Date of Thesis

5-10-2017

Thesis Type

Honors Thesis

Degree Type

Bachelor of Arts

Department

East Asian Studies

First Advisor

Erik Robert Lofgren

Second Advisor

Frances Elaine Williams

Abstract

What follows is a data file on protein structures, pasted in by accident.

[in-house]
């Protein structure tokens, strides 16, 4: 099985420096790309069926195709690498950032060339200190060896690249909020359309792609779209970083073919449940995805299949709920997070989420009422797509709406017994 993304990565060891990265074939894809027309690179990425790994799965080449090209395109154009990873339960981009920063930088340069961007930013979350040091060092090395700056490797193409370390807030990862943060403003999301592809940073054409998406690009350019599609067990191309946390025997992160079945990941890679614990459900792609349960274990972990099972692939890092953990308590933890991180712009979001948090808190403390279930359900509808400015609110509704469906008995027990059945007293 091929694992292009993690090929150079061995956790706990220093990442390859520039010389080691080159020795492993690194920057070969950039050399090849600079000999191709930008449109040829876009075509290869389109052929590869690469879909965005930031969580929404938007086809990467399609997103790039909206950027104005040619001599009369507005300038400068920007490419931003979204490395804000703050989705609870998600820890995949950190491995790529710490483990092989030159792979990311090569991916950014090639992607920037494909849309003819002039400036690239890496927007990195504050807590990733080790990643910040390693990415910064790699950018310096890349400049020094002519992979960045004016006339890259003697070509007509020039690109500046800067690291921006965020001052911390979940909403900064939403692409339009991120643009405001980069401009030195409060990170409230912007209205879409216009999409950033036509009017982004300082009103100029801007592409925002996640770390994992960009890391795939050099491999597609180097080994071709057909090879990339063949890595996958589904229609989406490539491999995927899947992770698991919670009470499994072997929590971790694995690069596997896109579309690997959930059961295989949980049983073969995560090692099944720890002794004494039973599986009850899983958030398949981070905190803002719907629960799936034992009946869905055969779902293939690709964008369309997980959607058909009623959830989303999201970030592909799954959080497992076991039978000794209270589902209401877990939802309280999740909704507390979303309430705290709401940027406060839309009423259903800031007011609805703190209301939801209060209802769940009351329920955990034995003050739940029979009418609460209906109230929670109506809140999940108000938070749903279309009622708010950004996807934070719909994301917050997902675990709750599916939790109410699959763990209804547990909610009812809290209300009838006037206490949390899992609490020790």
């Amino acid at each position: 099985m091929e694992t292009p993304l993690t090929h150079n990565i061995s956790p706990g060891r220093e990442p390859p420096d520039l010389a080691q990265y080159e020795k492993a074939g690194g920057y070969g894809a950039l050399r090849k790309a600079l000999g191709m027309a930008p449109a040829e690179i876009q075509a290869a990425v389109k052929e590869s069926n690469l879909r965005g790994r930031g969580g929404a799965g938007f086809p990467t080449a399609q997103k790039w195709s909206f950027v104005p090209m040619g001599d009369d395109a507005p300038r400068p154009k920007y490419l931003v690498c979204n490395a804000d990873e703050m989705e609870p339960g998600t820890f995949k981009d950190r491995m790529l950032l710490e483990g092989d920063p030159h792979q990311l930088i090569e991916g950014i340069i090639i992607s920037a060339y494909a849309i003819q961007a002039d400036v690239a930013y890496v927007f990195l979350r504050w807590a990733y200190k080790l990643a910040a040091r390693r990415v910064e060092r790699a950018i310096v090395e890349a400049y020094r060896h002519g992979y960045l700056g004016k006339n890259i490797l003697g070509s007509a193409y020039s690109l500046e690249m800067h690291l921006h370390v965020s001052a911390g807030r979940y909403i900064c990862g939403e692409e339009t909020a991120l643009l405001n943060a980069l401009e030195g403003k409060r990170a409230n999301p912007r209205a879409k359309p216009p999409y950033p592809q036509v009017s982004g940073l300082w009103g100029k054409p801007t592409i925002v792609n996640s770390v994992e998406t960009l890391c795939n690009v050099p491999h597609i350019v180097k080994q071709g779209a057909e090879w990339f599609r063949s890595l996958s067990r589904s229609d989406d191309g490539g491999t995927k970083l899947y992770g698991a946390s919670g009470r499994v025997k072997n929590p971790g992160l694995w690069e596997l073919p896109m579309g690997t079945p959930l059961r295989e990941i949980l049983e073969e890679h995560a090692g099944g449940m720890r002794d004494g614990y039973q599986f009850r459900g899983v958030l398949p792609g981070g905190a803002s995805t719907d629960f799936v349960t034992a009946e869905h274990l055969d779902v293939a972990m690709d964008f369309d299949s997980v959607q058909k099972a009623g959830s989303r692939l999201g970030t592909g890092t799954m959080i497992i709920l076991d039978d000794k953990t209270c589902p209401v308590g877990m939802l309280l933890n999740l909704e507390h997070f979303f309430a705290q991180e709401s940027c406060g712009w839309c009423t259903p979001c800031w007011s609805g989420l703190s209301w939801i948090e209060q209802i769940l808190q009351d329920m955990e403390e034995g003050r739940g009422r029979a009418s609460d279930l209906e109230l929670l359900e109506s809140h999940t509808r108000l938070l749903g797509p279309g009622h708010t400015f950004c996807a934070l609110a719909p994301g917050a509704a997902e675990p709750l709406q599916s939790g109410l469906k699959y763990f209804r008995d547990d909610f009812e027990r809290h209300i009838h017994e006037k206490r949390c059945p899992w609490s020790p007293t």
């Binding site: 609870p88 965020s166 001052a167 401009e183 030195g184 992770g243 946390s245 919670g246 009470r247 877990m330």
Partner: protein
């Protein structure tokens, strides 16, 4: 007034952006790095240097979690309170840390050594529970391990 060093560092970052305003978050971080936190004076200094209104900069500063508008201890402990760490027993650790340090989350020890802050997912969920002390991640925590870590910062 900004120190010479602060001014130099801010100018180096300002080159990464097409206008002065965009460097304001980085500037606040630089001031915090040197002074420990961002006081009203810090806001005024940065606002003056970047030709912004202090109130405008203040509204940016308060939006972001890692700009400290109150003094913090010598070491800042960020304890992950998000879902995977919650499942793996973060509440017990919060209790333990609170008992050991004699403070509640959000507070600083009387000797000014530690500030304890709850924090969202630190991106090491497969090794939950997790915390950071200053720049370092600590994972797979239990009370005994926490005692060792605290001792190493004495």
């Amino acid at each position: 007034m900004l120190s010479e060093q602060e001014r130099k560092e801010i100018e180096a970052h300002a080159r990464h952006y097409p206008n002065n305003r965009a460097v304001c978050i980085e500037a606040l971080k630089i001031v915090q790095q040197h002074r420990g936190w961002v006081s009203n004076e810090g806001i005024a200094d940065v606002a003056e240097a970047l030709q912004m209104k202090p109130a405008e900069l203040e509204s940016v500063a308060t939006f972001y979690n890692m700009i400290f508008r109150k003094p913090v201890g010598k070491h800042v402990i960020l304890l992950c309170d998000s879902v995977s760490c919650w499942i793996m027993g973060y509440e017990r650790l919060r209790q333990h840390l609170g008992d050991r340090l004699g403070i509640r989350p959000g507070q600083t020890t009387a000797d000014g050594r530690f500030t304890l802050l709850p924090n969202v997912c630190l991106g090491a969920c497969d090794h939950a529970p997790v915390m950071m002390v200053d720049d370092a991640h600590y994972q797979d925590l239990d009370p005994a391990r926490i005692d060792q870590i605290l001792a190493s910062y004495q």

"Theatre," asserts Japanese playwright Betsuyaku Minoru, "mirrors the spirit of the times." Building on this assumption, this thesis analyzes how the pressing social issues of two periods in modern Japanese history are reflected in two modern Japanese plays: The Little Match Girl (Macchi uri no sho¿jo, 1966) by Betsuyaku Minoru (b. 1937) and The King of La Mancha's Clothes (Gusha ni wa mienai La Mancha no o¿sama no hadaka, 1991) by Yokouchi Kensuke (b. 1961). Both plays provide meaningful commentary on the themes of patriarchal authority, prostitution, and inter-generational conflict through combining "contemporary" Japanese characters with Hans Christian Andersen Fairy Tales. Using this strategy, the plays closely and creatively reflect the issues of their historical periods, yet also tell their stories in an ahistorical way. By means of language, imagery, and fairy tale allusions, both plays illuminate the cyclical nature of time, and the tendency to perceive history as repeating itself. Modern Japanese theatre is a rich, diverse, and often-overlooked genre. I argue that these two modern Japanese plays are worthy of greater attention as they, through so closely reflecting the issues of their specific time periods, also have broader relevance to other time periods as well. Thus, I end with an argument for the potential these plays would have to spark profound reflection and discussion around various social issues, if they were today performed in the United States or other nations outside Japan.

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